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June 13, 2012


JAMAICA’S dancehall is noticeably absent from the line-up of the 13-day concert to be staged in London’s O2 Arena on July 25 to August 6 this year.

Of the raft of prominent ska, rocksteady, roots reggae and dub poetry acts listed for the event, diamond-selling artist Shaggy, and singjay Wayne Marshall are the only two dancehall acts listed for the series.

From left: Rob Hallett, head of AEG Live; music insider Copeland Forbes; reggae singer U-Roy; and, dub poet Mutabaruka share a moment on stage during Monday’s launch of the Jamaica 50 concert series in London later this year. (Photo: Karl McLarty)


The event being produced by AEG Live — one of the world’s foremost event production companies based in the UK — is being used to promote Jamaica’s 50th anniversary of independence as well as highlight the exploits of Jamaican athletes at the Olympics.

Rob Hallett, head of AEG Live, told the Jamaica Observer that the organisers took a conscious decision to hand-pick the artists who would perform on the event in order to avoid any controversy which could develop with the inclusion of dancehall acts.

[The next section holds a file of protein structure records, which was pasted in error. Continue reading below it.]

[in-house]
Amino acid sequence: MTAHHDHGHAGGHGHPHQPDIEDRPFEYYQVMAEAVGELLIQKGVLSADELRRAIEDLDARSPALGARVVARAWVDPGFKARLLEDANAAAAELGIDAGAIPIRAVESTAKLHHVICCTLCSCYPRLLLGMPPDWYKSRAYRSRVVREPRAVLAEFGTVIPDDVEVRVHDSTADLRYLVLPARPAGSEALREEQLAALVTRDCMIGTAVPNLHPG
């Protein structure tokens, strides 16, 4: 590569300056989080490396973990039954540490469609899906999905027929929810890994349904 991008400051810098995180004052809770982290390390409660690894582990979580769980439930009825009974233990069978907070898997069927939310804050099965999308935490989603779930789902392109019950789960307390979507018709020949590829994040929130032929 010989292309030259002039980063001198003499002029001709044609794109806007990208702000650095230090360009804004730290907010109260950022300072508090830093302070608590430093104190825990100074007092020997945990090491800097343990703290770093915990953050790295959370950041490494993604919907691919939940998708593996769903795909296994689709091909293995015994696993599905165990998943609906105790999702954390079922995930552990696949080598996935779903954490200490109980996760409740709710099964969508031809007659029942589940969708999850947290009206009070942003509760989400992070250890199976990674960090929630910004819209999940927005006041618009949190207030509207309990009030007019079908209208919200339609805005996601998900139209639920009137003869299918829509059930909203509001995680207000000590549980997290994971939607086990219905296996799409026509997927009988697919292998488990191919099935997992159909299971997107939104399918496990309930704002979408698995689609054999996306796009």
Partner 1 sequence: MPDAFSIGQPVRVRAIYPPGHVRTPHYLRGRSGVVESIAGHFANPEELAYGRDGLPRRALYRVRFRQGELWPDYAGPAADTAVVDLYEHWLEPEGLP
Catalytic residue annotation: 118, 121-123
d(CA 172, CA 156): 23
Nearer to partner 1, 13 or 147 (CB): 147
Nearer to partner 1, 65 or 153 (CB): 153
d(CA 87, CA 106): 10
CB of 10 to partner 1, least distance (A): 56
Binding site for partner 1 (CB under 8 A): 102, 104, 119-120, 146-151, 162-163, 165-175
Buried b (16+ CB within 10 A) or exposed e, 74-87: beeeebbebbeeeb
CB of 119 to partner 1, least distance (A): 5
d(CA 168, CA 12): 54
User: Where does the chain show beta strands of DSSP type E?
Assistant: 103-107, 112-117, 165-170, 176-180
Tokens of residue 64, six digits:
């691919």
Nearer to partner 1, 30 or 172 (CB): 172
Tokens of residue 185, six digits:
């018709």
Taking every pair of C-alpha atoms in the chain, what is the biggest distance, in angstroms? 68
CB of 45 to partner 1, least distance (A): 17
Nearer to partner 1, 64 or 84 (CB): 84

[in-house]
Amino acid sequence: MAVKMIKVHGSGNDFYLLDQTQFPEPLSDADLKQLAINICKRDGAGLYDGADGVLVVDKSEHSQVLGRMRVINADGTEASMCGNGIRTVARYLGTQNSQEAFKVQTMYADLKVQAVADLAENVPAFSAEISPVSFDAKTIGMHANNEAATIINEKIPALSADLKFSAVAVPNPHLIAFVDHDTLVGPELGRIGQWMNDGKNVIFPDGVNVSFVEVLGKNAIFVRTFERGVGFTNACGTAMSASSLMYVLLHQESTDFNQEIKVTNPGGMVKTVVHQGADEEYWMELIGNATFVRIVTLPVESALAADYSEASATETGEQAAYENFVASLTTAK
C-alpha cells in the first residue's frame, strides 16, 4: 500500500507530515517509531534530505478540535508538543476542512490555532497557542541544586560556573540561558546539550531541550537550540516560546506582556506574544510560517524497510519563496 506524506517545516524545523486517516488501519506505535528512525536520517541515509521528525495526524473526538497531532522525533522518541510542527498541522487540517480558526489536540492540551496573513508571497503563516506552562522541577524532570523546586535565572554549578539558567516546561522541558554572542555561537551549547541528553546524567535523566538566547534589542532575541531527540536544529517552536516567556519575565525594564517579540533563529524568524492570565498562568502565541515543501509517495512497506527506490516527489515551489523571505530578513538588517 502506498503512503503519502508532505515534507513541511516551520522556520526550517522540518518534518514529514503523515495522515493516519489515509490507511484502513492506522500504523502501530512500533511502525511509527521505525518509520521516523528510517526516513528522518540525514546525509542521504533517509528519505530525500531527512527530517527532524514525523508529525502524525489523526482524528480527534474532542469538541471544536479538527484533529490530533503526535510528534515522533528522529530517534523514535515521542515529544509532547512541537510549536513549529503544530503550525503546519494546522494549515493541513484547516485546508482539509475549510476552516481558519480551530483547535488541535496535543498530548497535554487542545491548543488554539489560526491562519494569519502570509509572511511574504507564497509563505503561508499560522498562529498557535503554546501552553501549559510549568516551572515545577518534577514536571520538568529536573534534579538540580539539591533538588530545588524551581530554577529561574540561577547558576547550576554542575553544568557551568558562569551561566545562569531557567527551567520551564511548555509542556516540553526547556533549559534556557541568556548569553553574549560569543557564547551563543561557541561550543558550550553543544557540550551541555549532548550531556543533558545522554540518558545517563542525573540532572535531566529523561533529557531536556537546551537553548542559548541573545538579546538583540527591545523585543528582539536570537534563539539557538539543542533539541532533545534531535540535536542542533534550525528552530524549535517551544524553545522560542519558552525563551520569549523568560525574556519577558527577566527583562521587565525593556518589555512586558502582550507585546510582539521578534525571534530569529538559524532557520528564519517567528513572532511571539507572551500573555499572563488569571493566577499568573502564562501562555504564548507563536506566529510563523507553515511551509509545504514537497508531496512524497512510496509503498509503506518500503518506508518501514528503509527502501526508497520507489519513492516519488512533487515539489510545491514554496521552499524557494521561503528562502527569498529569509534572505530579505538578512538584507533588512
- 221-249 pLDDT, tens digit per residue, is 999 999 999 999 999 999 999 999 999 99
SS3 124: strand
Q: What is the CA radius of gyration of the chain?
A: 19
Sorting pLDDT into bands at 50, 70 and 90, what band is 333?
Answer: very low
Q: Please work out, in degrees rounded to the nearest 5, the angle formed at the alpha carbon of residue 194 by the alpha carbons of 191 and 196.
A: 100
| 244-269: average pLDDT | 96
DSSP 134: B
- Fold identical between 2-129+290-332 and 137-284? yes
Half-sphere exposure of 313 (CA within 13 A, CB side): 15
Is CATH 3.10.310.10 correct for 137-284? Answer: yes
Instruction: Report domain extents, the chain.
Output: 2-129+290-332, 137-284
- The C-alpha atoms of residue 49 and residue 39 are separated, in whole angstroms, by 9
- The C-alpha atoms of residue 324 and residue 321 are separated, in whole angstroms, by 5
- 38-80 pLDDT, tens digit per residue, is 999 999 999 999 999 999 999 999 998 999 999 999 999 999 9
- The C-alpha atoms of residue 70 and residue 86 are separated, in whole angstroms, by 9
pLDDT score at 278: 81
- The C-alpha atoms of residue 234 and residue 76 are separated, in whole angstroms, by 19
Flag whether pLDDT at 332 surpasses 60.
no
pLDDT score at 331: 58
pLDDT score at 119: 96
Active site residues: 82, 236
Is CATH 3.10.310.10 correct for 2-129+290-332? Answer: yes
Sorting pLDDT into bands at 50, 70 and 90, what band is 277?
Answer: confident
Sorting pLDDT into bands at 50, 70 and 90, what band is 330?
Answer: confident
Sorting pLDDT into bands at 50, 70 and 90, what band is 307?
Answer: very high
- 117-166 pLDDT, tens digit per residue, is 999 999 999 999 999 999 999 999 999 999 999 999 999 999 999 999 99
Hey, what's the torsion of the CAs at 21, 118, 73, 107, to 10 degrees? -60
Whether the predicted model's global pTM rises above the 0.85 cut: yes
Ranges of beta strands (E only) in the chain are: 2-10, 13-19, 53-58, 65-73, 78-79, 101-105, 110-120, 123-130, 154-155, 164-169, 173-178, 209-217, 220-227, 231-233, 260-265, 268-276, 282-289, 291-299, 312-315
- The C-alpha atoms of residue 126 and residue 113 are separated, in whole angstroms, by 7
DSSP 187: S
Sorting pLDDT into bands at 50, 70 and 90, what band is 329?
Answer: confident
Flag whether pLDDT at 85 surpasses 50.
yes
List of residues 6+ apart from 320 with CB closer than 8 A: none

“The concert is ‘Respect Jamaica 50th’ and as such we wanted Jamaica to be treated with respect in every way during this series of shows. Therefore, we went for some of some of the great exponents of all forms of Jamaican music over the past 50 years,” said Hallett.

While making the point that he has nothing against dancehall music, Hallett said he wanted to ensure that that there was no room for error.

“I’m sure some hardcore dancehall fans may not see Shaggy and being a representative of the genre, but one has to be practical,” he added.

Among the acts billed are Damian ‘Junior Gong’ Marley who will perform on two nights, Lee Scratch Perry, Yellowman, Tappa Zukie, Ernie Ranglin, Mutabaruka, John Holt, Tarrus Riley, Gyptian, Marcia Griffiths, Jimmy Cliff and Morgan Heritage who are reuniting after a brief hiatus.

The nightly concerts will be supplemented by other aspects of Jamaican culture including a film festival which will see the screening of Jamaican films including Ghett’A Life, Third World Cop and The Harder They Come. A number of Jamaican theatre productions will also take to the stage. The Bob Marley exhibition will was previously on show at the Grammy Museum in Los Angeles will also be mounted for viewing in London during this period.

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